On March 3, 1981, Wardens Kern and Morrissette allegedly attempted to serve the arrest warrant on Gumz at the University of Wisconsin at Baraboo, but then proceeded to the Gumz property. Wardens Cloutier and Zabel first proceeded by car to the Gumz farm, observed the dredging in progress and ordered six reserve DNR personnel, who had been instructed to wait ten miles away, to stand by one mile from the Gumz property (Defendants' App. 235). Cloutier decided to arrest Gumz and knocked on plaintiffs' door but he did not answer (Defendants' App. 235, 243, Plaintiff's Br. 9). Kern and Morrissette then arrived by auto and knocked on Gumz' door to serve the warrant and Gumz again did not answer. Cloutier and Zabel walked 100 yards to the site of the dredging and arrested the operators (Defendants' App. 235). Gumz exited his house, drove to the Kern-Morrissette vehicle and ordered it off his farm. After allegedly being informed of the warrant for his arrest, Gumz returned to his car and backed into the Kern-Morrissette vehicle (Defendants' App. 245). The severity of the collision and the intended destination of Gumz (the dragline site or his house) were subjects of dispute below. At any rate, after the collision Gumz drove toward his house and at that point defendant Cloutier called the six DNR reserves onto the Gumz property. They entered the property at high speeds and after a brief chase blocked the path of Gumz' auto without contacting plaintiff or his vehicle. The ten DNR personnel were armed with a rifle, pistols, and shotguns. (Plaintiff's App. 286-300.) Gumz then raised his hands in surrender and was arrested without incident and the dragline was seized and removed from the Gumz property (Plaintiff's App. 149-159; Defendants' App. 240-241, 264).
Gumz was taken to the Sauk County Sheriff's office where he was charged by the defendants with violating the dredging law and with a felony of criminal damage to property (Plaintiff's App. 317-318). During his custody Gumz became ill and ultimately he was released after posting a $443 bond (Defendants' App. 319, Plaintiff's App. 318). Almost immediately after his release Gumz was hospitalized for an emergency operation to implant a pacemaker, which he subsequently underwent (Plaintiff's App. 321-327).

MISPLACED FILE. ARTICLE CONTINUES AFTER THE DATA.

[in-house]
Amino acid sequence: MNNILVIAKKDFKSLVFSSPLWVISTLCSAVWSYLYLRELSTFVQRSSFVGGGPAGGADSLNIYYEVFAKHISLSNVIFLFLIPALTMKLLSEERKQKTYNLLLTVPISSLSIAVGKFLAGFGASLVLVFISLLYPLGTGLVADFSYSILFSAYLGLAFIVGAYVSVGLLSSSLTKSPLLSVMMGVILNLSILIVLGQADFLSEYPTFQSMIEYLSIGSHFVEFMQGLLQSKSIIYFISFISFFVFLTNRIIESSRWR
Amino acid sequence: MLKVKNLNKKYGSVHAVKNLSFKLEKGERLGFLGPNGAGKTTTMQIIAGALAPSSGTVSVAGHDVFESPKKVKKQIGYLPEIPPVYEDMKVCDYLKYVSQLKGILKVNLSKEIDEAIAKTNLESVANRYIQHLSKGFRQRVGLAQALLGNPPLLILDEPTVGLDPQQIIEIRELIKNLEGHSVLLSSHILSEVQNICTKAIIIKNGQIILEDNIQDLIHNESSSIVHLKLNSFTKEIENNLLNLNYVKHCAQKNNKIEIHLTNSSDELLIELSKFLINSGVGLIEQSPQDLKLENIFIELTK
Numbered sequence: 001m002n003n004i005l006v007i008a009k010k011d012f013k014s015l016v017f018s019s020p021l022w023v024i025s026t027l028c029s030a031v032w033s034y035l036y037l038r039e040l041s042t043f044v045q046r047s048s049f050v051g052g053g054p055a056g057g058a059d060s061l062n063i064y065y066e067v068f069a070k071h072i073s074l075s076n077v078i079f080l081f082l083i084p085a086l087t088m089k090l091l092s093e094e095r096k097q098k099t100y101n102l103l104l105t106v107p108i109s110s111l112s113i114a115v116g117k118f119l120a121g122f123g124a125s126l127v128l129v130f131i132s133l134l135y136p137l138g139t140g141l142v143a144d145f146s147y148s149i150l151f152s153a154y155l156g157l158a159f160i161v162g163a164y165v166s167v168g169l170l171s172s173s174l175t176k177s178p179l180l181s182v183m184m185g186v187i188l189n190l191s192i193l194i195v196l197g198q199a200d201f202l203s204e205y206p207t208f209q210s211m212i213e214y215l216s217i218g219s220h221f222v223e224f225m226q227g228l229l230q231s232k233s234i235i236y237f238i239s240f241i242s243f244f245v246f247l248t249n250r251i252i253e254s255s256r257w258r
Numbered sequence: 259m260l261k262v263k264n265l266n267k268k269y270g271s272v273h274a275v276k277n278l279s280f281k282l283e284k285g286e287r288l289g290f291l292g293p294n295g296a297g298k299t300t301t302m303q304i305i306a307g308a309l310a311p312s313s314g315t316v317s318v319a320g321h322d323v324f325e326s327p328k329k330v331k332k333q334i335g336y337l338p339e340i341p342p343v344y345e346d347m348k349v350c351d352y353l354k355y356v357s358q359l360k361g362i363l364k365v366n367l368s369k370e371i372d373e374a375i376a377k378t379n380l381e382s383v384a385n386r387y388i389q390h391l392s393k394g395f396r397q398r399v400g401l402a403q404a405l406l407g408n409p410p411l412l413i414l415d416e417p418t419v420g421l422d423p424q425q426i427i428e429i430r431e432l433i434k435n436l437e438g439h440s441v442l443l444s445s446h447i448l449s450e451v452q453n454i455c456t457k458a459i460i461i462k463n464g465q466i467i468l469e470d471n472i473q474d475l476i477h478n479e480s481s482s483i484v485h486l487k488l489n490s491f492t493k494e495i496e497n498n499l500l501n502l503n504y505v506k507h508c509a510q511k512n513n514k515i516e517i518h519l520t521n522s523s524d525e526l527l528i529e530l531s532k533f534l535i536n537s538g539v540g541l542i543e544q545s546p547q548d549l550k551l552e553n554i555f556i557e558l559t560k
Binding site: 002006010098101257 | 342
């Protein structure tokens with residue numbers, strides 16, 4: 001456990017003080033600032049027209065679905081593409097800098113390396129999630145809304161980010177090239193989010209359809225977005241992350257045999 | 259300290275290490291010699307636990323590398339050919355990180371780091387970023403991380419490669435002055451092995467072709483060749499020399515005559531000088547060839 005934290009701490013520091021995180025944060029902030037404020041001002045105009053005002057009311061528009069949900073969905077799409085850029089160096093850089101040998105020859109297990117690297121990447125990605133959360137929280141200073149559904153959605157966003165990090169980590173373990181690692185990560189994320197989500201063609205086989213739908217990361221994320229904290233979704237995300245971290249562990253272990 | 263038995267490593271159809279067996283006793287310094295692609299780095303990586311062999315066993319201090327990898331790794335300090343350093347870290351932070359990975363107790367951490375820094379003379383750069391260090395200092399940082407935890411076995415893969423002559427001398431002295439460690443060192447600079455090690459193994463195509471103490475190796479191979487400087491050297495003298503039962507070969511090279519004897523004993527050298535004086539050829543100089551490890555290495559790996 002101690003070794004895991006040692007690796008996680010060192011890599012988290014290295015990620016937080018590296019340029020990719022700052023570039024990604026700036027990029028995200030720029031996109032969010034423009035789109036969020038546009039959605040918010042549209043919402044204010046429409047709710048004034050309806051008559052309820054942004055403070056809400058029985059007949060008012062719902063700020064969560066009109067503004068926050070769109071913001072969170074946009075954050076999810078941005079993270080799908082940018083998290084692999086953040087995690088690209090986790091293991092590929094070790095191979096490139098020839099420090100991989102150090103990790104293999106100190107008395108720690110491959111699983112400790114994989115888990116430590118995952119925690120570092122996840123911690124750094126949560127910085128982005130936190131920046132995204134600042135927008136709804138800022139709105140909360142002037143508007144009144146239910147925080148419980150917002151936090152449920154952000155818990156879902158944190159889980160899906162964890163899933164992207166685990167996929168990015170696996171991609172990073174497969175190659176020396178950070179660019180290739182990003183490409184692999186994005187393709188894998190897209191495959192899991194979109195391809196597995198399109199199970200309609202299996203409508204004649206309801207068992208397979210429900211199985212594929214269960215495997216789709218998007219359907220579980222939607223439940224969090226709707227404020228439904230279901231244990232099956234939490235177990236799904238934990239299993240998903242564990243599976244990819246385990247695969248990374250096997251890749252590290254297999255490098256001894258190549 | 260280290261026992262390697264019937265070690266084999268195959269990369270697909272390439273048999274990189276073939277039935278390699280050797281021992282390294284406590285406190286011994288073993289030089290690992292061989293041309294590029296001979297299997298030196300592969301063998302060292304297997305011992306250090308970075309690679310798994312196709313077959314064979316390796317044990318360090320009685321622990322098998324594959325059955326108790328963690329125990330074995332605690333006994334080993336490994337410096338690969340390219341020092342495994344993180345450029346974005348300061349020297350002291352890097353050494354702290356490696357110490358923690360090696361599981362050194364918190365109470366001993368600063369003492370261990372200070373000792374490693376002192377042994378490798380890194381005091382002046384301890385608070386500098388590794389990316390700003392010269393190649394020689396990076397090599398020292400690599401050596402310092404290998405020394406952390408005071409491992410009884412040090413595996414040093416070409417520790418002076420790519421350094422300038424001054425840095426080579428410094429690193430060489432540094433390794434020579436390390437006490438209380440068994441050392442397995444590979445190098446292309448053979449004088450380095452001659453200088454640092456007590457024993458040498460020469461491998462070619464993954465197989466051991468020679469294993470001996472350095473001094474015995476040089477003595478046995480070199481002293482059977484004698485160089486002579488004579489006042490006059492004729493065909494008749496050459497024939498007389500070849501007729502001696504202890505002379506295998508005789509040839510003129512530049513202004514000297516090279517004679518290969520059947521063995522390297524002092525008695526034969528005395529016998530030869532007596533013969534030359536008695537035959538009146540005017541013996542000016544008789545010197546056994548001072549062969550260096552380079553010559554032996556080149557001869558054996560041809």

Plaintiff filed this action on January 24, 1983, in the United States District Court for the Western District of Wisconsin, seeking $1.425 million in compensatory damages and $1 million in punitive damages. Gumz' complaint charged that the incident of March 3 resulted in violations of the First, Fourth, Fifth, Eighth and Fourteenth Amendments to the United States Constitution and gave rise to liability under 42 U.S.C. § 1981, 1982, 1983, 1985(2), 1985(3), 1986 and 1988, and under Wisconsin law. In its Order of August 3, 1984, the district court dismissed all claims, except those arising under § 1983 and under state law, for failure to state a claim on which relief could be granted. The court also ruled that plaintiff's complaint did not adequately allege a violation of the Fourth Amendment so as to state a claim under § 1983 since neither the absence of probable cause nor of a neutral and detached magistrate was asserted. This ruling has not been contested. Judge Doyle did hold that valid claims under § 1983 were stated only with respect to the First and Fourteenth Amendments. See pp. 16-17 of opinion of August 3, 1984 (R. Item 26).
The First Amendment claim involved alleged retaliation toward and deterrence of Gumz in the exercise of his rights of expression. Deprivations of plaintiff's liberty and property without due process of law contrary to the Fourteenth Amendment could have resulted, in the court's view, from the use of excessive force in arresting Gumz, from the seizure of the dragline without probable cause to believe it was being used illegally, from holding and interrogating the plaintiff at the sheriff's office for an excessive period of time, and from deliberate and callous indifference to plaintiff's medical needs during his confinement. (8/3/84 Order at 13-18.) Finally, the court ruled that the complaint stated a claim under Wisconsin law for assault and battery, false arrest, false imprisonment, intentional and negligent infliction of mental distress, abuse of process and negligence (8/3/84 Order at 18, 25). The court denied all of defendants' motions for summary judgment. Plaintiff does not appeal any of the adverse rulings in the August 3 Order.
Gumz has been involved in public efforts to control the DNR and has frequently spoken out against the state agency (Br. 20-21).